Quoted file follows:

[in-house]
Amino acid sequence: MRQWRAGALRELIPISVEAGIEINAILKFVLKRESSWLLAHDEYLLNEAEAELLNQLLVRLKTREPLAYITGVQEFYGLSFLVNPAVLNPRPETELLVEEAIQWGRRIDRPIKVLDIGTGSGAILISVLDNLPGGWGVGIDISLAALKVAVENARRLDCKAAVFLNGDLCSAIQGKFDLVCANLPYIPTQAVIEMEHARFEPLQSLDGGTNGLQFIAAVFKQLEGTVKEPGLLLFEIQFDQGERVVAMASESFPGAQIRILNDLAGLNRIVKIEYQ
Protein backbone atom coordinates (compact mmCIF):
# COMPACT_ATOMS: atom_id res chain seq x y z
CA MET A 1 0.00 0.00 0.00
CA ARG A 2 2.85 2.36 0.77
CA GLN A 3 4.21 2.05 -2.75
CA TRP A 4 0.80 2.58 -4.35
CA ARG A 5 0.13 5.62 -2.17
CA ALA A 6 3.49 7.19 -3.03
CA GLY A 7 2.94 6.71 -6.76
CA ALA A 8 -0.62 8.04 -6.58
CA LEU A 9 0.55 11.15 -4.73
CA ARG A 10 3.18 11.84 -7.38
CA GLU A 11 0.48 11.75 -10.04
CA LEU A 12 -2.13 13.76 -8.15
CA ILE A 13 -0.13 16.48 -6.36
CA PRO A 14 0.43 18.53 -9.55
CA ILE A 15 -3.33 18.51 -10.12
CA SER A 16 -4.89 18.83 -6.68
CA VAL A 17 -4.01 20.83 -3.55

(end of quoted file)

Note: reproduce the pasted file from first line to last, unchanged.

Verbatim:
[in-house]
Amino acid sequence: MRQWRAGALRELIPISVEAGIEINAILKFVLKRESSWLLAHDEYLLNEAEAELLNQLLVRLKTREPLAYITGVQEFYGLSFLVNPAVLNPRPETELLVEEAIQWGRRIDRPIKVLDIGTGSGAILISVLDNLPGGWGVGIDISLAALKVAVENARRLDCKAAVFLNGDLCSAIQGKFDLVCANLPYIPTQAVIEMEHARFEPLQSLDGGTNGLQFIAAVFKQLEGTVKEPGLLLFEIQFDQGERVVAMASESFPGAQIRILNDLAGLNRIVKIEYQ
Protein backbone atom coordinates (compact mmCIF):
# COMPACT_ATOMS: atom_id res chain seq x y z
CA MET A 1 0.00 0.00 0.00
CA ARG A 2 2.85 2.36 0.77
CA GLN A 3 4.21 2.05 -2.75
CA TRP A 4 0.80 2.58 -4.35
CA ARG A 5 0.13 5.62 -2.17
CA ALA A 6 3.49 7.19 -3.03
CA GLY A 7 2.94 6.71 -6.76
CA ALA A 8 -0.62 8.04 -6.58
CA LEU A 9 0.55 11.15 -4.73
CA ARG A 10 3.18 11.84 -7.38
CA GLU A 11 0.48 11.75 -10.04
CA LEU A 12 -2.13 13.76 -8.15
CA ILE A 13 -0.13 16.48 -6.36
CA PRO A 14 0.43 18.53 -9.55
CA ILE A 15 -3.33 18.51 -10.12
CA SER A 16 -4.89 18.83 -6.68
CA VAL A 17 -4.01 20.83 -3.55